The first patient was received on April 5, 1861, and was diagnosed with Mania A, caused by political excitement. The Civil War started one week later, and the hospital received virtually no funding. Dr. Bryce was able to keep the hospital operating after the war with loans and grants from Dix and the Freedman’s Bureau because it provided treatment to African Americans during the Civil War and Reconstruction.

 

In 1882, Dr. G. A. Tucker of Australia in his famous work, “Lunacy in Many Lands” lauded the hospital as one of the world’s best institutions. Bryce was named the Alabama Citizen of the Century by the Birmingham Post-Gazette for its patient management and commitment to offering various work programs to the patients. Bryce's life was so intricately entwined with the Alabama Insane Hospital that at his death from Bright's Disease on August 14, 1892, he was buried on the hospital grounds, and the hospital was later renamed Bryce Hospital.

 

At the beginning of 1870, the patient population grew, and the hospital became overcrowded. By 1970, the hospital served 5,200 patients and saw a decline in the standards of care due to the imbalanced patient and staff ratio, eventually leading to a lawsuit. That same year, the Wyatt v. Stickney case was filed and lasted for nearly 33 years. The outcome led to the most important changes in the delivery of service to individuals committed to institutions for the treatment of mental illness in the United States.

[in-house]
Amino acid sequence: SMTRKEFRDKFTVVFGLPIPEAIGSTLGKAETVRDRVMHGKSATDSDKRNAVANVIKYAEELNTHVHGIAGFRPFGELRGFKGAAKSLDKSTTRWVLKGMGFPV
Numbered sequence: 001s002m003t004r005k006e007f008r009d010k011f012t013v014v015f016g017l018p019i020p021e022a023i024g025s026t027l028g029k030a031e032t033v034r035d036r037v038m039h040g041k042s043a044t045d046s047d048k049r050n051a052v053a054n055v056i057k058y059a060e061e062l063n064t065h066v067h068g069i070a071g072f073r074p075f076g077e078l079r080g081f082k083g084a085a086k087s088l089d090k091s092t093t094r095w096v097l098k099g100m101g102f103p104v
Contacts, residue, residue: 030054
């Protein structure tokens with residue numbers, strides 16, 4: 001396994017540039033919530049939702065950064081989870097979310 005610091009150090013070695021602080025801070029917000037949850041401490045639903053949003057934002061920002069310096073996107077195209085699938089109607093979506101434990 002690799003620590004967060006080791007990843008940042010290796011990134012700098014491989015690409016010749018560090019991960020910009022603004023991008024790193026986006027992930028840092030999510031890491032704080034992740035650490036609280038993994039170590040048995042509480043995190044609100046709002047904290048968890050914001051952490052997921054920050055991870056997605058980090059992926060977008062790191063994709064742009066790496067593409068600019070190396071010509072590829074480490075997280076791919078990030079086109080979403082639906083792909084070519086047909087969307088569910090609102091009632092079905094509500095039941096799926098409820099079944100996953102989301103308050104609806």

In 2010, the campus was sold to The University of Alabama. With help from the University, a new hospital was built on the old Partlow Campus with patients moved in 2014. Currently, the original building is being renovated for use as a School of Performing Arts and a museum dedicated to the history of mental health in Alabama.

 

 

Searcy Hospital


Searcy Hospital, known as Mt. Vernon Insane Hospital, opened in 1902, and was the second of the three facilities. The hospital served the state for 110 years and has a most intriguing history. Prior to being obtained by the State of Alabama, the property had been a federal cantonment, an arsenal, barracks, and a prisoner of war site. It is the only property in Alabama to be placed on the National Preservation Trust’s “Most Endangered Sites” in America.

 

Many famous Americans are associated with the Mount Vernon Arsenal/Barracks Complex. The area was first used as a cantonment for the United States forces during the War of 1812 and the Creek Indian Wars. The site was selected by President Andrew Jackson as an arsenal with plans for the campus approved by the president himself. While stationed at the arsenal, former President of The University of Alabama, Josiah Gorgas, met his famous bride to be, Amelia Gayle, who was the daughter of a former governor. Together, the two had a son, William Crawford Gorgas, who became known for eradicating yellow fever in the Panama Canal Zone.